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AnimalsHealthMust ReadSki Resort Now Has The UK’s First Avalanche Rescue Dog – Whose “Nose Is Worth A Million Radio Transceivers”

Ski Resort Now Has The UK’s First Avalanche Rescue Dog – Whose “Nose Is Worth A Million Radio Transceivers”

A ski resort now has the UK’s first avalanche rescue dog – whose “nose is worth a million radio transceivers”.

Bodie the border collie-cross springer was adopted by ski centre manager Kate Hunter when she was just a few weeks old and has accompanied her to work nearly every day.

But last year she started training with the Search & Rescue Dog Association Scotland – which usually teaches dogs used by police – to see if she had what it takes.

She passed the tests with flying colours and is now working at Glenshee Ski Centre in Scotland as the UK’s first ever avalanche rescue dog.

The devoted hound – who herself survived two days stuck in snow as a pup – will now be on hand to sniff out skiers and snowboarders trapped in any avalanches this season.

Across Scotland, 200 avalanches occur every year and rescue teams receive around 300 call outs to people experiencing difficulties.

Kate, 63, from Blairgowrie, said: “Bodie is my best friend and I love her.

“I’ve had her since she was born in 2010 and started bringing her to work almost straight away.

“She loves it and is a hit with the skiers and is well liked amongst staff and especially loves the cafe.

“But I wanted to give her a special role at Glenshee because she had been here so long.

Eight-year-old Bodie who is from Glenshee, is the Ski Centre’s full time avalanche rescue dog, who is on standby at Glenshee to help any avalanche victims this winter.

“Bodie along with the ski patrollers will provide a rapid response for any avalanche within the ski area.

“Her role is extremely vital especially during the winter season where Scotland is at risk from avalanches.

“Her nose is worth a million transceivers sometimes.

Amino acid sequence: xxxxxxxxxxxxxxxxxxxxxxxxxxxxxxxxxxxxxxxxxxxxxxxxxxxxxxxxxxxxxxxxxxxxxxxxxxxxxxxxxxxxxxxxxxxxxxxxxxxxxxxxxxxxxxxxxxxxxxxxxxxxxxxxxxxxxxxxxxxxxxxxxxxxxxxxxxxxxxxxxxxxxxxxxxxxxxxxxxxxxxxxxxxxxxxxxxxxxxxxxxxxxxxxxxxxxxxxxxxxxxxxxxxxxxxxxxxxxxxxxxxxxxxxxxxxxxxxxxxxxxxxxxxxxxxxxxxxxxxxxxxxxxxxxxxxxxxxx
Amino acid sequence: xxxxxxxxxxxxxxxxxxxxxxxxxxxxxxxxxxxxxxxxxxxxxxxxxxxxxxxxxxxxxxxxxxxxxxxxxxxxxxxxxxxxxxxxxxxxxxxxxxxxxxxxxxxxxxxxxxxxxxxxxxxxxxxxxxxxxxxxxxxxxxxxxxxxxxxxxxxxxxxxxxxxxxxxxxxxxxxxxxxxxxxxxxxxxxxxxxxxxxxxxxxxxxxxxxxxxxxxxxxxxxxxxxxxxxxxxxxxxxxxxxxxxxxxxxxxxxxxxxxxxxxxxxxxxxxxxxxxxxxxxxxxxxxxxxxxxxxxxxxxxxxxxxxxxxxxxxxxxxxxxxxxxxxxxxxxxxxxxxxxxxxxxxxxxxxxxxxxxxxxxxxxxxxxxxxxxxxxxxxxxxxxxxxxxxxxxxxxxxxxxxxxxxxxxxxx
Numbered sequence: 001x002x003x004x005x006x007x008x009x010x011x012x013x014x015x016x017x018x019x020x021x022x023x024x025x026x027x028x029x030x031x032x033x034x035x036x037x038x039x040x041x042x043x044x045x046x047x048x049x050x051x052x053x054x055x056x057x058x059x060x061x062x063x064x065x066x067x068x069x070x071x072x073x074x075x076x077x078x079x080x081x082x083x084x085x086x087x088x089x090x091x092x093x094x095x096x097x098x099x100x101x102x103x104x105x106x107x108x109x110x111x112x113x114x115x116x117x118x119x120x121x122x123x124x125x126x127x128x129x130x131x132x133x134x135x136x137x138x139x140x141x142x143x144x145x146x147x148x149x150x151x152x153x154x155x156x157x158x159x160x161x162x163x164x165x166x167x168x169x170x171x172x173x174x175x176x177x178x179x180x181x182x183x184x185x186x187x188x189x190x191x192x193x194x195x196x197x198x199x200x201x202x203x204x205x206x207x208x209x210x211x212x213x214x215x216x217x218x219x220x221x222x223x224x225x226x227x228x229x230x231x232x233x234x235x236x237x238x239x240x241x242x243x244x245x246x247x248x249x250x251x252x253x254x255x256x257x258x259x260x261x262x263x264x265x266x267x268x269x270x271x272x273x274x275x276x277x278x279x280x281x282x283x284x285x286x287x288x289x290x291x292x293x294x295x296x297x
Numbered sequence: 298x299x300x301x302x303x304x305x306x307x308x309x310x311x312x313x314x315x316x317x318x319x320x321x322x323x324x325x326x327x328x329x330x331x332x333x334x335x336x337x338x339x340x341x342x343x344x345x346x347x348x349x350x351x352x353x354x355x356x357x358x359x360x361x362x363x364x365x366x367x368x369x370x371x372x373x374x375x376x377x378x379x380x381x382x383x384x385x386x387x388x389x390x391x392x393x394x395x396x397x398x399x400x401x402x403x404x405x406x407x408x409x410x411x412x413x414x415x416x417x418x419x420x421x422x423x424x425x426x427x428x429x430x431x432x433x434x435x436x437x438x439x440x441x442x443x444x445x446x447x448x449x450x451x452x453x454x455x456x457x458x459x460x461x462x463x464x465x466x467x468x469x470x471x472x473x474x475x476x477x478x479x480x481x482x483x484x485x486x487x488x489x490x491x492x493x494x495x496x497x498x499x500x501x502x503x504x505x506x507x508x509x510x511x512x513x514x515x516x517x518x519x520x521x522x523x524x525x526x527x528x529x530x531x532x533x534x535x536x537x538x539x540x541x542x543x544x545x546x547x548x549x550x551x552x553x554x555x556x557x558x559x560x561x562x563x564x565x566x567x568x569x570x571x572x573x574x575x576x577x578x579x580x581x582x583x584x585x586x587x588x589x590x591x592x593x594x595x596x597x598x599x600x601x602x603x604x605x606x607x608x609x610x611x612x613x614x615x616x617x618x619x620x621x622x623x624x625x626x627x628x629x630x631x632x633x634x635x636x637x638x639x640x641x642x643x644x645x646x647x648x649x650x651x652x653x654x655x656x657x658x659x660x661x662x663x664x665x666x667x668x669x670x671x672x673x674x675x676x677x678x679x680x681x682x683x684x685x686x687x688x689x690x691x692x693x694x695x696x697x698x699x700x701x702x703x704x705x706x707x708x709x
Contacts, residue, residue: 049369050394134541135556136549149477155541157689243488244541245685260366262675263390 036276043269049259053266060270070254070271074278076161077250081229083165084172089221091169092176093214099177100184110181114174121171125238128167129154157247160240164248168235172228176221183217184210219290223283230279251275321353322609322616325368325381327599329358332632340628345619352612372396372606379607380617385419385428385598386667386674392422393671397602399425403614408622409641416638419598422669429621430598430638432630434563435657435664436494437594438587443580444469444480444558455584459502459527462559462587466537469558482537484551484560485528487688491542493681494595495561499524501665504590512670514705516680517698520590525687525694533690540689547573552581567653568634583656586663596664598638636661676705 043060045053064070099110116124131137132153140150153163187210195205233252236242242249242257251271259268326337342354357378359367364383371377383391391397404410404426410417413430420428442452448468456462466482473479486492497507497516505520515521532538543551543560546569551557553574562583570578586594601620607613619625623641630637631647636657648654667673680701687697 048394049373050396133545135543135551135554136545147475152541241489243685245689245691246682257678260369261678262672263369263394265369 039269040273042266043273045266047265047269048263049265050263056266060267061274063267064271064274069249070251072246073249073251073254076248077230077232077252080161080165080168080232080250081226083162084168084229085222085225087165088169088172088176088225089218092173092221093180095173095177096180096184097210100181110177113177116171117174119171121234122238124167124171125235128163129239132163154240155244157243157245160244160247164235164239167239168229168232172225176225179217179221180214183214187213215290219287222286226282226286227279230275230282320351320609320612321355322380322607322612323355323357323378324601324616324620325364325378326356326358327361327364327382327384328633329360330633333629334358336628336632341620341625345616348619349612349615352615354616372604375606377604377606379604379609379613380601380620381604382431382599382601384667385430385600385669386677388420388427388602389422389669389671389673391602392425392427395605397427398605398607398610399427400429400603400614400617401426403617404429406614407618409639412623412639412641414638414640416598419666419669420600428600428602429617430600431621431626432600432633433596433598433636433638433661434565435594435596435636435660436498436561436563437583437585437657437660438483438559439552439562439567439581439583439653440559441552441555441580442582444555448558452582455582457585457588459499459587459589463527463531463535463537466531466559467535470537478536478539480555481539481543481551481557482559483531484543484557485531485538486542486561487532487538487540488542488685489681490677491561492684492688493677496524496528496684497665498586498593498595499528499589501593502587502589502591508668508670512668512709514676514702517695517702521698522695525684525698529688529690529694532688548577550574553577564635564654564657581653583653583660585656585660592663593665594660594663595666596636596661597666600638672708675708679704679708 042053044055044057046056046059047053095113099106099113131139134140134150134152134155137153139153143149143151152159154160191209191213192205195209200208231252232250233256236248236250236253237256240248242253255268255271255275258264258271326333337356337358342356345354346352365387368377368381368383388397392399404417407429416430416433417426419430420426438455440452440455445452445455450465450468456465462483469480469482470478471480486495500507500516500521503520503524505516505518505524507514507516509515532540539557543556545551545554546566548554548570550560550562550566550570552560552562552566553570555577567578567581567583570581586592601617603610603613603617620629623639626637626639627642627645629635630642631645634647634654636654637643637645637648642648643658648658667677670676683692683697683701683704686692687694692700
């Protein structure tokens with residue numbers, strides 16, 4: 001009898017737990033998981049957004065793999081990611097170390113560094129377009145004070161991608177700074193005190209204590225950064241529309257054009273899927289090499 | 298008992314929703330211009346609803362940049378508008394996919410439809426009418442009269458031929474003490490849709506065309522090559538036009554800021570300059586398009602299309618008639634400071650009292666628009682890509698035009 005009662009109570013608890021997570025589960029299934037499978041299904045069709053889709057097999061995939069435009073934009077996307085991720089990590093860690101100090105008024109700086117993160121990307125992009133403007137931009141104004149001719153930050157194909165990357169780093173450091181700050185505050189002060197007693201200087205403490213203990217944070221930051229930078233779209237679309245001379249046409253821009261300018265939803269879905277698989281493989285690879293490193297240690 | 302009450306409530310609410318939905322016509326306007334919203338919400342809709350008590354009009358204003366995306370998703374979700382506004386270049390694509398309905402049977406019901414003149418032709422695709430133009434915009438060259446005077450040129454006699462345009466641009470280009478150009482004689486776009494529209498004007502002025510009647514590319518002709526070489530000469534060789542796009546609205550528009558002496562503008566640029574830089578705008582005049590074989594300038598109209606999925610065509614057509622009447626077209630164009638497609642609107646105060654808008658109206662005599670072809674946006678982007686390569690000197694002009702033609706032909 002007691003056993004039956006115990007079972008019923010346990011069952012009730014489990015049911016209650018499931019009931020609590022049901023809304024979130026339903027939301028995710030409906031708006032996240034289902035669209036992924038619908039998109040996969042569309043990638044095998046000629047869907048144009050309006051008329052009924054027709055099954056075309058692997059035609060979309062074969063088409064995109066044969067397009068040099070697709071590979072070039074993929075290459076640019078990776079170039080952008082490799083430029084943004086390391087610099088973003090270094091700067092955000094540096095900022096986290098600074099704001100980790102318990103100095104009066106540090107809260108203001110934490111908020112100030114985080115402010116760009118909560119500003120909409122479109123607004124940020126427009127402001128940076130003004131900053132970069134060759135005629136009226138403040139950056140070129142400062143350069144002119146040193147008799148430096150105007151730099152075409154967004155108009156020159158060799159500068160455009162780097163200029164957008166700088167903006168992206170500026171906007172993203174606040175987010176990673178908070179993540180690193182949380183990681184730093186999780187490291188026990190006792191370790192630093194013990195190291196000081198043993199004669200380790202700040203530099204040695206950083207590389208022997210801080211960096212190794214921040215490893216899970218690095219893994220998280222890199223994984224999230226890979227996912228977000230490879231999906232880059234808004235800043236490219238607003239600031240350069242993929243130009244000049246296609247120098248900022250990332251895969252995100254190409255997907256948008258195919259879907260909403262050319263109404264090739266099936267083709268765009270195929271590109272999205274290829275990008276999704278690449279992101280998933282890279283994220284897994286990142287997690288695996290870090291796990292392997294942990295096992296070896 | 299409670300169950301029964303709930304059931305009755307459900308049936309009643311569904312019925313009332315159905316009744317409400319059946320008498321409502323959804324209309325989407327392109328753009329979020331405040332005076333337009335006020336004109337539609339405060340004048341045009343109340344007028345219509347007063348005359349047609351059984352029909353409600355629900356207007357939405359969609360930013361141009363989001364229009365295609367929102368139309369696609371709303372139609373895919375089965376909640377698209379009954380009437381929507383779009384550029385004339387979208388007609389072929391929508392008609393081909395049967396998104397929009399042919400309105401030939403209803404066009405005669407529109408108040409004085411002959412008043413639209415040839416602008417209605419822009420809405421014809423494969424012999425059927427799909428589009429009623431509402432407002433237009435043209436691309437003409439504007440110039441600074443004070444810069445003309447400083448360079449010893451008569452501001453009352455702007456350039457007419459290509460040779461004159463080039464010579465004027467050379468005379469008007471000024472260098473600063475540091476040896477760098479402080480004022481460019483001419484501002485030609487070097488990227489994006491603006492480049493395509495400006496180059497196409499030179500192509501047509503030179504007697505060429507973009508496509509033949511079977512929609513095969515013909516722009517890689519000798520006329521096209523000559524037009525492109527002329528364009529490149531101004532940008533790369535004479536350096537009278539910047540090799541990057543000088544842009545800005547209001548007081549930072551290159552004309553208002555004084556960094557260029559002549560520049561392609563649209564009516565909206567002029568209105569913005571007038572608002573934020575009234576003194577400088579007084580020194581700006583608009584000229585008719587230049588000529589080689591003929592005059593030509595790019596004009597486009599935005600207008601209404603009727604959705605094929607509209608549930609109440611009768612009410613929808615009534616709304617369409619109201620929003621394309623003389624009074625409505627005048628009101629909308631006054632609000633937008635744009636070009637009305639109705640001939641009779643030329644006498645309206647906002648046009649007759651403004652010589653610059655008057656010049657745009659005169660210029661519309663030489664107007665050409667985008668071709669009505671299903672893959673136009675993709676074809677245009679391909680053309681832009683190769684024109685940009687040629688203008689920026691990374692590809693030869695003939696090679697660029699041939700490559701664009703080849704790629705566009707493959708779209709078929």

“It’s just incredible.

“When she gets to the body or article, she indicates by barking to tell me that there’s something there.”

Kate got Bodie when she was just eight weeks old, and from a young age she would help her check the runs at the ski centre.

When he was just ten-months-old she was out with her, running behind her skis, when she suddenly disappeared.

She was found two days later, whimpering in a hole, and was dug out and miraculously survived.

Kate always hoped her loyal pet would become an official avalanche rescue dog.

They are based at ski resorts, as oppose to mountain rescue dogs which need to be brought in from outside, taking up precious time.

Bodie was trained after the Search & Rescue Dog Association Scotland partnered up with the British Association of Ski Patrollers.

Another dog, Jura, did the training with Bodie, but will be based in Norway.

Bodie passing her exams in March, and is ready for the avalanche season which started on Monday.

She’s part of the Scottish Avalanche Information Service which monitors conditions at Scotland’s five ski resorts, but Bodie will be dedicated to Glenshee.

Avalanche dogs work on ski resorts in Europe, Canada, and the USA and locate lost or buried victims by searching for “pools” of human scent which travels through snow or air.

Kate Hunter,63, with eight-year-old Bodie who is from Glenshee Ski Centre’s full time avalanche rescue dog, who is on standby at Glenshee to help any avalanche victims this winter.

Bodie can cover a distance of four to six miles an hour and is able to find people much quicker than a mountain rescue team.

Kate said: “If she spots someone on the ground, she barks to tell me that someone is there or begins to dig to locate that person if they are buried underneath the snow.”

“The dogs are based at ski areas compared to normal mountain rescue dogs who work with the mountain rescue teams and need to be brought in from outside the ski area so they are crucial to the work of mountain rescue teams.

“We usually test her skills every month to keep her knowledge fresh and enthusiastic.”

The British Association of Ski Patrollers said the training means Bodie will be on the scene sooner.

A spokesperson added: “Anyone who has been to a major avalanche knows what this means.

“A dog on scene immediately is a great tool for clearing slopes at the end of the day and a handy bit of kit for finding those lost off piste-ers!”

Proud Kate added: “I would love for every ski patrol to have an avalanche dog as part of the team.

“Bodie’s extremely laid back, calm and faithful which makes her a perfect companion and I hope other teams will have a dog like Bodie.”

Bodie has not yet been on an active call but Kate added that she is ready to take on her first “challenge”.

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